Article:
Re: Changes to the way we manage RFPs

Spencer Dawkins at IETF <> Wed, 26 February 2020 18:55 UTC

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From: Spencer Dawkins at IETF <>
Date: Wed, 26 Feb 2020 12:54:25 -0600
Message-ID: <>
Subject: Re: Changes to the way we manage RFPs
To: Jay Daley <>
Cc: John C Klensin <>, IETF <>
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Hi, Jay,

Greetings to another IETF mailing list explorer. May you live long and
prosper. :-)

Inline ...

On Wed, Feb 26, 2020 at 1:54 AM Jay Daley <> wrote:

> John
> > On 26/02/2020, at 8:19 PM, John C Klensin <> wrote:
> >
> ....
> > Those are really not arguments to avoid splitting the lists.
> > Instead, they suggest that, if you are going to do such a thing,
> > that you be aware of possible unintended side-effects and figure
> > out a way to mitigate them or even improve things because of
> > them.  Would we benefit from a monthly summary report from you,
> > one that summarizes or details outstanding RFPs, not just
> > plenary reports?  Do we need more explanatory material about why
> > those who subscribe to the IETF-announce list might want to
> > subscribe to the other lists too?  Should subscribing to
> > IETF-Announce automatically put one on the other lists on an
> > opt-out basis rather than requiring people to find them one at a
> > time and subscribe (that would protect people who only want to
> > see the RFP list from being bothered by the irrelevant-to-them
> > traffic on the IETF-Announce but would keep the information for
> > subscribers to the latter constant)?  As we continue to break
> > things out (I definitely see a trend) should we think of
> > IETF-Announce as a list of lists to which people can subscribe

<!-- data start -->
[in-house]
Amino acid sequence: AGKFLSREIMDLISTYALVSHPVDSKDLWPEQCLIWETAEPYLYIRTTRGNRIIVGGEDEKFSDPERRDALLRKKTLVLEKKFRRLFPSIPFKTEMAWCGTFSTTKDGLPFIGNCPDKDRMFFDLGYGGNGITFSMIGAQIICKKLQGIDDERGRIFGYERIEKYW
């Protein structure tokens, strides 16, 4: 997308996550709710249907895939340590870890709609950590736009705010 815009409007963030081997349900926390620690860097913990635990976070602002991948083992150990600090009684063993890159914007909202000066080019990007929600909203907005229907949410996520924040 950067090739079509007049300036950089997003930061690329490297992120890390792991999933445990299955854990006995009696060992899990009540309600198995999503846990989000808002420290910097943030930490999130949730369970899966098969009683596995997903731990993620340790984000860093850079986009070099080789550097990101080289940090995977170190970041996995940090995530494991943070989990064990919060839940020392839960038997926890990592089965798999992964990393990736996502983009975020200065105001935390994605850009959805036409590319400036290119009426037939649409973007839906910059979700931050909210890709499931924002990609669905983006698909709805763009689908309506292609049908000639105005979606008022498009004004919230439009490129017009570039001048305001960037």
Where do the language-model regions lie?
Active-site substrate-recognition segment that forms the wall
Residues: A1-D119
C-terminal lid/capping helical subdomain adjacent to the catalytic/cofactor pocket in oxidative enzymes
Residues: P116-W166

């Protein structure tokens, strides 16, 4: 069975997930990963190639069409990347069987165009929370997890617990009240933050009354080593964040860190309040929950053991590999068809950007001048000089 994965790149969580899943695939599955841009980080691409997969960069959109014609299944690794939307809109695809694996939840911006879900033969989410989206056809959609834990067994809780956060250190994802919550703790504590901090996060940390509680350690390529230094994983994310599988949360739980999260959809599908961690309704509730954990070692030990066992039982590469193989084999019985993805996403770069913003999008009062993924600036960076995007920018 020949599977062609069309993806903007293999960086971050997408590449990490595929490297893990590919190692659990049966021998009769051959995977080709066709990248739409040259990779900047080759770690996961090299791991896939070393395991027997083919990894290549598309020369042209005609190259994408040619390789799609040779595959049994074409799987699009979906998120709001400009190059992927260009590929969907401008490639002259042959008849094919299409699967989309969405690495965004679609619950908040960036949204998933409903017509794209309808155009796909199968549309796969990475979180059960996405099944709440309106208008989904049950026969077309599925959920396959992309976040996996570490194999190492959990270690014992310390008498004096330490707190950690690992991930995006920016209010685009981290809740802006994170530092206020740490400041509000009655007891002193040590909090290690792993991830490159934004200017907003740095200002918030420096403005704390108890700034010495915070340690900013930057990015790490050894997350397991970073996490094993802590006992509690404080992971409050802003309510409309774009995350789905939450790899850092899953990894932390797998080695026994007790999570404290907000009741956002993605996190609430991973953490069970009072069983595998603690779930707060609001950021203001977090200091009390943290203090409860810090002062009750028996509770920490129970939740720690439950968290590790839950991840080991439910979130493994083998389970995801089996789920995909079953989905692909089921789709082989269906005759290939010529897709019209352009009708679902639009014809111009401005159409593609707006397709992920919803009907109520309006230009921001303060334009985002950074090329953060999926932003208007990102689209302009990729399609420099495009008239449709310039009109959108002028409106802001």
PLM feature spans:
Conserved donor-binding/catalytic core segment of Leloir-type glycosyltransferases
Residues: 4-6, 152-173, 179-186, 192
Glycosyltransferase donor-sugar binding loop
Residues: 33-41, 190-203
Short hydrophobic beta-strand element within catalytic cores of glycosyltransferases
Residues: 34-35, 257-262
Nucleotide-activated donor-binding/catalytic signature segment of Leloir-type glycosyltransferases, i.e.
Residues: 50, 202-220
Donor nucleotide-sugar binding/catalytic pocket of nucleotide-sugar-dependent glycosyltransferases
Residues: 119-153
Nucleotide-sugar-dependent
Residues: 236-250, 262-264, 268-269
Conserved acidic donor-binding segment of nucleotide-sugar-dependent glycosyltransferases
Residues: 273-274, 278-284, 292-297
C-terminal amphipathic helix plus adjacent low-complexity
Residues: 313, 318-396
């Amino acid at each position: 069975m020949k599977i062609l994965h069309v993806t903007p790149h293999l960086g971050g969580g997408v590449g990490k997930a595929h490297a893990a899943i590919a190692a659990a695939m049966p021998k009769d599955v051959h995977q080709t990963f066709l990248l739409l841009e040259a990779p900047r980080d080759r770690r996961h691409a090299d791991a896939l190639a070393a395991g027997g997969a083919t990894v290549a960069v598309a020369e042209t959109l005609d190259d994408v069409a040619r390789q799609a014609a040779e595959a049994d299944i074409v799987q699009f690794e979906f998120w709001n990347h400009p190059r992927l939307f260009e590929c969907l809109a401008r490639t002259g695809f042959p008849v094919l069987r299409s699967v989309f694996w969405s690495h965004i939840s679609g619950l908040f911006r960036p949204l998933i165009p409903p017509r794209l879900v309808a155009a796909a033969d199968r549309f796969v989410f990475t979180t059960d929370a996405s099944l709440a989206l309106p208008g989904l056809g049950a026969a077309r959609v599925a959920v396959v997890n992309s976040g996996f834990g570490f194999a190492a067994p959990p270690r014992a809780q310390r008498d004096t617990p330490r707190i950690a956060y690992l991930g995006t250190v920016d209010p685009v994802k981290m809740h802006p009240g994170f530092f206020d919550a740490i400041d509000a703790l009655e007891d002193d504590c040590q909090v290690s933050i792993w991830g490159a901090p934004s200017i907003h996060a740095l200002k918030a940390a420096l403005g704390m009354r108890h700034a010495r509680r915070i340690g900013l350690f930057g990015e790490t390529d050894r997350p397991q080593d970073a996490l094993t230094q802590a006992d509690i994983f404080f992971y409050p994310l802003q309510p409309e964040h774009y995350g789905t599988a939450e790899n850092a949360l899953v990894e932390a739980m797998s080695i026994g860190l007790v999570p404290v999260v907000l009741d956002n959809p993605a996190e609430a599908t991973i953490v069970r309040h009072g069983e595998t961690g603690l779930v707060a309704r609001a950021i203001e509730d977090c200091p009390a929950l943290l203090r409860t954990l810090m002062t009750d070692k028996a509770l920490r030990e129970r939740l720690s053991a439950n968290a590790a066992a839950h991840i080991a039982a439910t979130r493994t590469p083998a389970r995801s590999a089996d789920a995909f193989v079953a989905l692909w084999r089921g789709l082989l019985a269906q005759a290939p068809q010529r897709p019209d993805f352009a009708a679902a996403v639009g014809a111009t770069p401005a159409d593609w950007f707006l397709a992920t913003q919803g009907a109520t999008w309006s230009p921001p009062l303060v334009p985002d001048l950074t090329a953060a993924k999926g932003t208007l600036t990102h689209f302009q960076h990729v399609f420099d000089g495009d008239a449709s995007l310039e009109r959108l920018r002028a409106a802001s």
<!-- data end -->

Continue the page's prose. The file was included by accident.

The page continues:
> > (or opt out) selectively if they so choose but whose default is
> > "all announcements"?
> Yes, this is the important issue to consider and a useful set of questions
> to help frame that.
> It’s also a wider problem than announcements/reports - I only realised
> last week that there was an active mtgvenue list, one of many “admin”
> lists, and also a tools-discuss list, one of many “devops(?)” lists.

I pointed out when the discussion about COVID-19 popped up on THIS very
mailing list, that the IESG had created a design team to think about a
massively-remote IETF meeting that became massively remote on short notice,
soon after a similar set of posts on this mailing list when we had the IETF
95 Buenos Aires meeting in 2016, amidst concerns about the Zika virus
(remember the Zika virus?). I believe Stephen Farrell suggested the name,, with this description:
"Manycouches -- List is a design team list to identify issues that would
arise should an IETF meeting ever be held with O(1000) 'remote'

That discussion (with smart people) rain until IETF 98, and I'd thought it
had converged, so wasn't subscribed when Wes and Ted restarted discussion
about a year ago, and that's been pretty active, including discussions
about COVID-19, ever since, but I didn't know it, and many of the points
being made on that mailing list were also being made here.

So, my point is that there are mailing lists that are having discussions of
interest to the community, that it's not easy to for the community to find
out about. And now, I might have told you about one more!

It happens that I'm subscribing to mailing lists at a couple of other SDOs.
One has a "here's a list of all the mailing lists you can subscribe to"
page, and the other one ... doesn't.

> > And so on.  I don't know the answers to any of those questions,
> > but would hope that you (and we) would think about them.
> Will do. I suspect the way forward requires a dose of creativity.

And communication! Darn it ...

Do the right thing, of course.


> --
> Jay Daley
> IETF Executive Director
> +64 21 678840
> >
> > best,
> >   john
> >